Because there had previously been too much variance between payments awarded under similar circumstances – and the payments had been deemed too low overall – federal laws were passed in the 1980’s obliging states to establish guidelines for determining child support. These guidelines are formulas that take into account both parents’ income, the number of children, and sometimes other factors. They are based upon studies of how much families typically spend on raising their children. Guidelines are applied to children born to married parents as well as children born out of wedlock.
Most states consider parents’ net income: this is gross income minus federal and state income taxes, Social Security, Medicare tax, and health insurance deductions. Sometimes other financial obligations, including mandatory retirement contributions, union dues, and debts incurred for the benefit of the whole family during the marriage, are considered. Determining income in cases where parents are self-employed is more complicated. Reasonable business expenses are usually eligible for deduction, but high expenses and issues like depreciation (for example, of office equipment) are at the discretion of the courts.
Some states may use parents’ gross income when applying guidelines. This can include not only sources of income like wages and investments but also non-wage benefits like housing allowances and use of company cars.
Support payments are typically not deferred even when children spend a considerable period of time with non-custodial parents (for example, during summer vacations or long holiday breaks). The reasoning here is that many of the expenses involved with child support – rent, mortgage, utilities, clothes, and insurance – have to paid year round regardless of whether children are with custodial parents at any given time. There are instances, however, when parents themselves or the courts can set child support payments lower during vacation periods, considering the money that custodial parents might be saving on child care and food expenses.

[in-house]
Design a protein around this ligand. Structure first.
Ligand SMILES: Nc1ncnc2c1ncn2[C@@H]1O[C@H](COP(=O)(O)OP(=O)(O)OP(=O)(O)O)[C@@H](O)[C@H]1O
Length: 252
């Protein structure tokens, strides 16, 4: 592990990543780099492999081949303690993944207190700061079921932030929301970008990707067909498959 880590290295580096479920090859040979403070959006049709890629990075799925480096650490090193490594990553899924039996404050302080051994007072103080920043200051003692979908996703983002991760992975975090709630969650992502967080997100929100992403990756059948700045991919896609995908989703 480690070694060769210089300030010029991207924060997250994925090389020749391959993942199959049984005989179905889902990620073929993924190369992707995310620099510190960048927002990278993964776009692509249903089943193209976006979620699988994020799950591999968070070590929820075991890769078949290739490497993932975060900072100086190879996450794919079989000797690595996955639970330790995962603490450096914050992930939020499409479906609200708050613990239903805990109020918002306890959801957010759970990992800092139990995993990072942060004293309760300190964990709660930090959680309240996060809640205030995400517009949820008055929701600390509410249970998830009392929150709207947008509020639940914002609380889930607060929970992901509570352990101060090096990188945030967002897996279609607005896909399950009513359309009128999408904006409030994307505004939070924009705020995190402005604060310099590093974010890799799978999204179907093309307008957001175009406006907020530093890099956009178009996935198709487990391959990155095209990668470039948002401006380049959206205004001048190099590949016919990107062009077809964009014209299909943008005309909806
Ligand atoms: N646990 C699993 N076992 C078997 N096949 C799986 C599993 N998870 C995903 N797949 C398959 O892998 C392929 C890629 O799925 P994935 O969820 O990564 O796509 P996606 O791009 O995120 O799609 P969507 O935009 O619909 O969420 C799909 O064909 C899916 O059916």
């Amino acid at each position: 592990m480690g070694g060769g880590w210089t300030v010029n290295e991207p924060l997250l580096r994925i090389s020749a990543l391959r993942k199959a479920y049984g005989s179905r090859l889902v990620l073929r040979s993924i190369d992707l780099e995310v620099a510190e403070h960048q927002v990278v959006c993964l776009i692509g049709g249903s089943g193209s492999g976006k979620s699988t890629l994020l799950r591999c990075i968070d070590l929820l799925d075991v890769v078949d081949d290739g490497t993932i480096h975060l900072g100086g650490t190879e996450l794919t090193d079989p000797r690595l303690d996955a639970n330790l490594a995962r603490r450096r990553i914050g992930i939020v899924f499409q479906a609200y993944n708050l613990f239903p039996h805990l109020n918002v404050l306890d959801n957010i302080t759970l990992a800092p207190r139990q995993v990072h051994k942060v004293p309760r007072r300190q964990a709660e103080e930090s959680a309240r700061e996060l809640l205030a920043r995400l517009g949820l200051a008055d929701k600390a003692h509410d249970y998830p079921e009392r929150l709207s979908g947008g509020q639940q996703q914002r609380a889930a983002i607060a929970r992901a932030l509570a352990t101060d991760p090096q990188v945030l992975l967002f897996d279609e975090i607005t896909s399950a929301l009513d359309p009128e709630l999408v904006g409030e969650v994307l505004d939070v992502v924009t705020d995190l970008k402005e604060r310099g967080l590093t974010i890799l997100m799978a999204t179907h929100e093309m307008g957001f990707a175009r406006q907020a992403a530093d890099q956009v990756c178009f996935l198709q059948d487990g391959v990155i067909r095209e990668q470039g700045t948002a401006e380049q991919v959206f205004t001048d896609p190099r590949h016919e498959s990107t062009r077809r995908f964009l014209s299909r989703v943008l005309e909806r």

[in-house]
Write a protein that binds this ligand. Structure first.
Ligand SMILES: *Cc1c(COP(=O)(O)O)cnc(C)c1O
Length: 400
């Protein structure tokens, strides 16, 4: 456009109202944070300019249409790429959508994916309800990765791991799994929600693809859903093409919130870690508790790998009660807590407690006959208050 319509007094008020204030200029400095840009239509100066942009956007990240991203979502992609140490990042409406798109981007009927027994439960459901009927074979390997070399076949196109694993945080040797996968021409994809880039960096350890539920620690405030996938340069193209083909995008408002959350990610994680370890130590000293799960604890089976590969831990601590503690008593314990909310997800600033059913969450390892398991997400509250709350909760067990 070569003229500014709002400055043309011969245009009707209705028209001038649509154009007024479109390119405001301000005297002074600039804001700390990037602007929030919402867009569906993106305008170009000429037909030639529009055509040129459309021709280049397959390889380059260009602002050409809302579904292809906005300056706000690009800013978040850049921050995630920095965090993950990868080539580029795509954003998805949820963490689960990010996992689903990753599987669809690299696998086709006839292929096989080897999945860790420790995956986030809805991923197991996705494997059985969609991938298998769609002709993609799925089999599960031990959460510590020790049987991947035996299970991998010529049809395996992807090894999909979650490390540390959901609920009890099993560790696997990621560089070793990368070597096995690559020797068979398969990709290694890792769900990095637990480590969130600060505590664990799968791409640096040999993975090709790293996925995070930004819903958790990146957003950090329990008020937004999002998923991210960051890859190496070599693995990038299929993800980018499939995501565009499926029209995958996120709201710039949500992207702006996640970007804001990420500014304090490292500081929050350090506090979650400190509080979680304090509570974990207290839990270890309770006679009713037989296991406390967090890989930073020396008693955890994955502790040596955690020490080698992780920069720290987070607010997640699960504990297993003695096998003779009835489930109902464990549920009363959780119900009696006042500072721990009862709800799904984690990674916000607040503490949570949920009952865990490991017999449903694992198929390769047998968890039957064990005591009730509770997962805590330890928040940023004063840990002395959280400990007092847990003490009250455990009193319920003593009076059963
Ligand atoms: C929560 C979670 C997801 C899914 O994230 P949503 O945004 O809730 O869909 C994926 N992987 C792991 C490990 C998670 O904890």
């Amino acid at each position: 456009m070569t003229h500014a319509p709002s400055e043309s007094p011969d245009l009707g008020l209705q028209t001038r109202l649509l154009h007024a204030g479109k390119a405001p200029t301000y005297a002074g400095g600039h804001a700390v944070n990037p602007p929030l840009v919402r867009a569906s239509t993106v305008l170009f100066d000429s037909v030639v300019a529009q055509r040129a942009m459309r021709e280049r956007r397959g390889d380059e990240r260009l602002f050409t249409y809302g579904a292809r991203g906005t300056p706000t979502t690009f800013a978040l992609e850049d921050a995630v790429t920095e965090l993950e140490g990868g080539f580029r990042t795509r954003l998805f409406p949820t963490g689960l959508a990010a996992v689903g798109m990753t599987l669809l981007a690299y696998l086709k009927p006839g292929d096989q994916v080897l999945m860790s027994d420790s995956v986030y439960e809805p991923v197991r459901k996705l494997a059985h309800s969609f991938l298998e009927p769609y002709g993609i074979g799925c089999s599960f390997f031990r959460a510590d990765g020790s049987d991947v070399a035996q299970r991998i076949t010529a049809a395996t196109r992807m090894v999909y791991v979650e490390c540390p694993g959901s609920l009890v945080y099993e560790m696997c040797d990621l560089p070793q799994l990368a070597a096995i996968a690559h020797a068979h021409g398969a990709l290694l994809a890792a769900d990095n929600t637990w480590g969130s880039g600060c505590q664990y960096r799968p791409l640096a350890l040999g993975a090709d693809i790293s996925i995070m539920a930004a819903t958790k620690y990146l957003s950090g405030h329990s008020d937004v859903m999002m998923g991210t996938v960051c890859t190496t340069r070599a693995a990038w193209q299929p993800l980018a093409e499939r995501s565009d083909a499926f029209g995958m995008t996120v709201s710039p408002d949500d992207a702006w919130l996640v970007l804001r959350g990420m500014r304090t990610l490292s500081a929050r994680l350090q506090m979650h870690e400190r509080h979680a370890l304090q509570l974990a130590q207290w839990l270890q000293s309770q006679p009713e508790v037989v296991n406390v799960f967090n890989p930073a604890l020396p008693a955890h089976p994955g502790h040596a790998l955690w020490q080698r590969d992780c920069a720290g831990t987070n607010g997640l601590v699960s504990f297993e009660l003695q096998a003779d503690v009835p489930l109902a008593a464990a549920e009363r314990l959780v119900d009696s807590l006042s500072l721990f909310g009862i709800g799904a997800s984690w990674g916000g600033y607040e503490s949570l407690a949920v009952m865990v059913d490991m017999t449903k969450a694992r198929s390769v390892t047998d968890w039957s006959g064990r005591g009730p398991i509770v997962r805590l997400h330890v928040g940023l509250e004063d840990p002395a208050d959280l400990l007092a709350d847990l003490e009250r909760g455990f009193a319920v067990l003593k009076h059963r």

There are certain circumstances that may warrant courts departing from child support guidelines. They may award higher payments if children have special educational needs, like private schooling or tutoring. Child care expenses and medical and dental expenses not covered by insurance may also be considered. If parents have new spouses, this can influence the child support order either way. For example, a non-custodial parent receiving income from a new spouse could be obligated to pay more, whereas a custodial parent receiving income from a new spouse might be entitled to less child support from the other parent.
Other circumstances that can warrant going below child support guidelines include joint custody arrangements (when both parents share fairly equally in the care of the child), expenses involved when the non-custodial parent visits the child (for example, when the parents live in different states), and money that comes to a child independently, like an inherited trust fund of a substantial amount.